WhatsApp is not “congested,” but a fake viral message from “David D. Suretech” or just “riya,” the “founder of WhatsApp,” is claiming otherwise. The hoax message says that the service is “congested” and that only a few accounts remain.
WhatsApp was not founded by “David D. Suretech.” The popular service was actually founded by Brian Acton and Jan Koum.
“Hello, I. Am DAVID D. SURETECH founder of Whatsapp. this message is to inform all of our users that we have only 53million accounts available for new phones. Our servers have recently been very congested, so we asking for your help to solve this problem,” the fake message reads and has been spreading quickly over the past few days. A variant of the message claims that it will start charging 37 cents ($0.37) per message if you’re an “inactive user.”
It’s just a hoax, and WhatsApp has confirmed as much.
Earlier this year in January, the same bunk message was being spread via WhatsApp and Facebook. It appears that with the recent Facebook acquisition of WhatsApp, the fake message’s spreading began again.
The message continues: “We need our active users to forward this message to every single person in their contact list in order to confirm our active users that use WhatsApp. If you do not send this message to all your contacts to WhatsApp, then your account will remain inactive with the consequence of losing all your contacts.”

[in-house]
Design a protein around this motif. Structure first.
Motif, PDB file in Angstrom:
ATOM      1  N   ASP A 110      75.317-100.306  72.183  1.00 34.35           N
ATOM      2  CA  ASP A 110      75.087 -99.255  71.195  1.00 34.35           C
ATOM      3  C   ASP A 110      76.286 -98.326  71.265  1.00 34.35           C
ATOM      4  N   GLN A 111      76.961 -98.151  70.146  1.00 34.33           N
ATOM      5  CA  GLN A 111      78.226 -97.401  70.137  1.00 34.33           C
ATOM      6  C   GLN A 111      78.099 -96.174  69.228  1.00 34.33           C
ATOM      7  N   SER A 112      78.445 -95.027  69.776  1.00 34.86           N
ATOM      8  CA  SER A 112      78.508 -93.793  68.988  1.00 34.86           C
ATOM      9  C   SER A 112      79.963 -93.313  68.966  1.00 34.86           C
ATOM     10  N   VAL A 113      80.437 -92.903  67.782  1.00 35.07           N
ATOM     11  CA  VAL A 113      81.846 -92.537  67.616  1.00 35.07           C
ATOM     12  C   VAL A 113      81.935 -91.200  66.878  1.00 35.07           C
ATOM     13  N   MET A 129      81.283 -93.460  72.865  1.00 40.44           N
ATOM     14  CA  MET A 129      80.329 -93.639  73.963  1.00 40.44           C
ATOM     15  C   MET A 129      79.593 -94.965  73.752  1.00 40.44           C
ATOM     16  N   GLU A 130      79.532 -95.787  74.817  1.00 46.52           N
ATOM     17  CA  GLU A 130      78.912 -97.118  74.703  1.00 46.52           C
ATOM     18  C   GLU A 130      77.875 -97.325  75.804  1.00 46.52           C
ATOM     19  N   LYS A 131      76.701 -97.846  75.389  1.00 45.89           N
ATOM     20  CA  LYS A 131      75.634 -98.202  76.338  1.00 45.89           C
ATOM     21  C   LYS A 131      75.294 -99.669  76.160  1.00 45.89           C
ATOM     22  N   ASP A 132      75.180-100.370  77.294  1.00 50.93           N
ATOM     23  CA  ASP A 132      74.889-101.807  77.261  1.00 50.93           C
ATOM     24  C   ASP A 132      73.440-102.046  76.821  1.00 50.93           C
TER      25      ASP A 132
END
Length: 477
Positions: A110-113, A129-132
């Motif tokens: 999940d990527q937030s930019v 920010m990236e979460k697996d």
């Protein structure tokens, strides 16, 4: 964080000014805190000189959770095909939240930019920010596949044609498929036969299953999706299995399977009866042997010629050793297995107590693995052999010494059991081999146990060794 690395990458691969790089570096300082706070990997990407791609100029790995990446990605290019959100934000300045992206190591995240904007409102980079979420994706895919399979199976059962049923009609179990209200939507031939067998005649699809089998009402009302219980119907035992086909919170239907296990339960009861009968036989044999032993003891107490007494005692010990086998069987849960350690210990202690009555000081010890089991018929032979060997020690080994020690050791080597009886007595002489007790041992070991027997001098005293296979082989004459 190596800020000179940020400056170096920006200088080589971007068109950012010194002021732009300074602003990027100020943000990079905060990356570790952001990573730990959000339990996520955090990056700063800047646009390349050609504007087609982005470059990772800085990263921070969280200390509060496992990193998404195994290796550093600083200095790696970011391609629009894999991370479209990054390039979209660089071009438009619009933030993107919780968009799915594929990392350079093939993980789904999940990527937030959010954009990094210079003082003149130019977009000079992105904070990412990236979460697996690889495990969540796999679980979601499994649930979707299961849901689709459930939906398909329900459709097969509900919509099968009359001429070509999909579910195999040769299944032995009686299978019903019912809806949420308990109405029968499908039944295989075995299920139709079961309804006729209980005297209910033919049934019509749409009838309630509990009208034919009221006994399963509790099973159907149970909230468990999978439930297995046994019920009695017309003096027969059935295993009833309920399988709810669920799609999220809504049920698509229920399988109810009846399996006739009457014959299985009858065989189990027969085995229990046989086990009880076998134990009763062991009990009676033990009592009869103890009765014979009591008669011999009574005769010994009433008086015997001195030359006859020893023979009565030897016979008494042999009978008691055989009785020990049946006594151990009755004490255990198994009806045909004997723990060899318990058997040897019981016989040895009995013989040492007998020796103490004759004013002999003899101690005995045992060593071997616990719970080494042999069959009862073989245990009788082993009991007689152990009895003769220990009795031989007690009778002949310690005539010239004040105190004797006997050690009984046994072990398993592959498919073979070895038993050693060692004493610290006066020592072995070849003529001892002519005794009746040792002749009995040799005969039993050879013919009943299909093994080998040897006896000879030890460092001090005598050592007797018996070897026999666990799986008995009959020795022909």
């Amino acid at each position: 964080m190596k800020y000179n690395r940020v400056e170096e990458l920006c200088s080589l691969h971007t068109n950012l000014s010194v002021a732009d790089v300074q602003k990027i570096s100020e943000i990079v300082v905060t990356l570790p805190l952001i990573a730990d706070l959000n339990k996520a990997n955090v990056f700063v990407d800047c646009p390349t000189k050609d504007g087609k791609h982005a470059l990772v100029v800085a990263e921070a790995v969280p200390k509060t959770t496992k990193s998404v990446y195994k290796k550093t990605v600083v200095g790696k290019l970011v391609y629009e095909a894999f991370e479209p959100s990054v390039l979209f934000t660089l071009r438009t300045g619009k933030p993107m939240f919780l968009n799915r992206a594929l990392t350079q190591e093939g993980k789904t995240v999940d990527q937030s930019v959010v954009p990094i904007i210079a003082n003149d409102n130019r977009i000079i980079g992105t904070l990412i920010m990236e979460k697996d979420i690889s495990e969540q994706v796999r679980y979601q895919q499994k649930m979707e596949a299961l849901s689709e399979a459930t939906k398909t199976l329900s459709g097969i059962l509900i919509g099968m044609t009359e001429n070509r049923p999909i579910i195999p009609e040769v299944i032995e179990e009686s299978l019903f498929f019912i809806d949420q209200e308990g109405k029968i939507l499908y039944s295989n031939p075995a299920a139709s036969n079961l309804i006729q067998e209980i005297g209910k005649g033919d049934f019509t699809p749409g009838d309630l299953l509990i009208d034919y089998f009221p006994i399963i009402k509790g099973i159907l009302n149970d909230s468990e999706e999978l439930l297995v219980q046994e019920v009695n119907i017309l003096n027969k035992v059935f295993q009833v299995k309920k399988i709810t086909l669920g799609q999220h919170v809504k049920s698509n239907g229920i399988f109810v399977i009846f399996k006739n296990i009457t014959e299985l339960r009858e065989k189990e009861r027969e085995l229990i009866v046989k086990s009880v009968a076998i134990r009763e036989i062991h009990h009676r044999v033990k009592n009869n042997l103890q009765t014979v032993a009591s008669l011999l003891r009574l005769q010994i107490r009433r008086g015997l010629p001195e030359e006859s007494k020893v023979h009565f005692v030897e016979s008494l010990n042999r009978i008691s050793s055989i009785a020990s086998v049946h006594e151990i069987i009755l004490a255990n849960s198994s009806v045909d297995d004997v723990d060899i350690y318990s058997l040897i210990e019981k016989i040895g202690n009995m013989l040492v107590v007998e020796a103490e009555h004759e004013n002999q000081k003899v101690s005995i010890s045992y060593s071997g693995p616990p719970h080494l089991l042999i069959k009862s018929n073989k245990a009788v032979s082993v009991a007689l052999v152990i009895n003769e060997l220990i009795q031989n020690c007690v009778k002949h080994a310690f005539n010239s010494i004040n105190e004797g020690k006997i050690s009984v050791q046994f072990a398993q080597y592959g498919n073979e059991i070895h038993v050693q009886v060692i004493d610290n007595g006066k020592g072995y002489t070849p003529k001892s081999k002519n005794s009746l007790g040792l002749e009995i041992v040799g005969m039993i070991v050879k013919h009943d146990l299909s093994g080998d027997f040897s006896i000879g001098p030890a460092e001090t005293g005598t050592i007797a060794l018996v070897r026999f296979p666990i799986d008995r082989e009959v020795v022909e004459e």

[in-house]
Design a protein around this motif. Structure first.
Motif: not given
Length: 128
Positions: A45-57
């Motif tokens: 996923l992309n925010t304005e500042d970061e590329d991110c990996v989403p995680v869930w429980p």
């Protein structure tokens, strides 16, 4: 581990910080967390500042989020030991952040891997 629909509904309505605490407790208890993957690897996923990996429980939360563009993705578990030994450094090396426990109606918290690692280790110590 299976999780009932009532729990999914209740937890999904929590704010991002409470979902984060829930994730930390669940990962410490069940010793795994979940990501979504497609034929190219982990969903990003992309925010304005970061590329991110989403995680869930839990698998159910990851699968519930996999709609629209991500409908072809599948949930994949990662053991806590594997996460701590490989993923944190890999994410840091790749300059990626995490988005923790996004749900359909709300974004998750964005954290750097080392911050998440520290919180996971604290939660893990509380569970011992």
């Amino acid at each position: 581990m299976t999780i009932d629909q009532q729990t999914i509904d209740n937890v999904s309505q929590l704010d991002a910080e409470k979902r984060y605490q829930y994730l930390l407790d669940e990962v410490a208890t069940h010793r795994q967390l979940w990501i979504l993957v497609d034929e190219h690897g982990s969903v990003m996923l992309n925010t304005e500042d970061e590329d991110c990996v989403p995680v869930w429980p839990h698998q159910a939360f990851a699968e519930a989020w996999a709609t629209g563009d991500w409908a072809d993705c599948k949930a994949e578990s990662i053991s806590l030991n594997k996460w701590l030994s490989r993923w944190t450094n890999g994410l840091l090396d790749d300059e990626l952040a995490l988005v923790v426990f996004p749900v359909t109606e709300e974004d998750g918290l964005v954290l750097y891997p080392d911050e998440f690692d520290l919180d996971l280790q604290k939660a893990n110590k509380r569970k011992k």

By forwarding the message, it ensures that the fake message is spread far and wide.
WhatsApp has issued statements saying it doesn’t have limited capacity.
“Please understand that this is a hoax and there is no truth to it,” the company said in January.
Another similar scam message reads as follows, “Hello, I. Am riya director of whatsapp, this message is to inform all of our users that we have only 530 accounts available for new phones, and that our servers have recently been very congested, so we asking for your help to solve this problem.”
Another WhatsApp-related message being spread on Facebook claims the service is charging an extra $5, and it could spread malware or lead to other scams.
“Pay 5 dollar (sic) to keep using WhatsApp,” one of the scam posts reads. There’s no truth to it, and it’s been around for years.
According to the company’s website, WhatsApp is free to download and try for the first year. After that, it costs $0.99 per each subsequent year.
In a blog post on Wednesday, WhatsApp elaborated on the recent Facebook deal.
“Here’s what will change for you, our users: nothing,” it reads.
“WhatsApp will remain autonomous and operate independently. You can continue to enjoy the service for a nominal fee. You can continue to use WhatsApp no matter where in the world you are, or what smartphone you’re using. And you can still count on absolutely no ads interrupting your communication. There would have been no partnership between our two companies if we had to compromise on the core principles that will always define our company, our vision and our product.”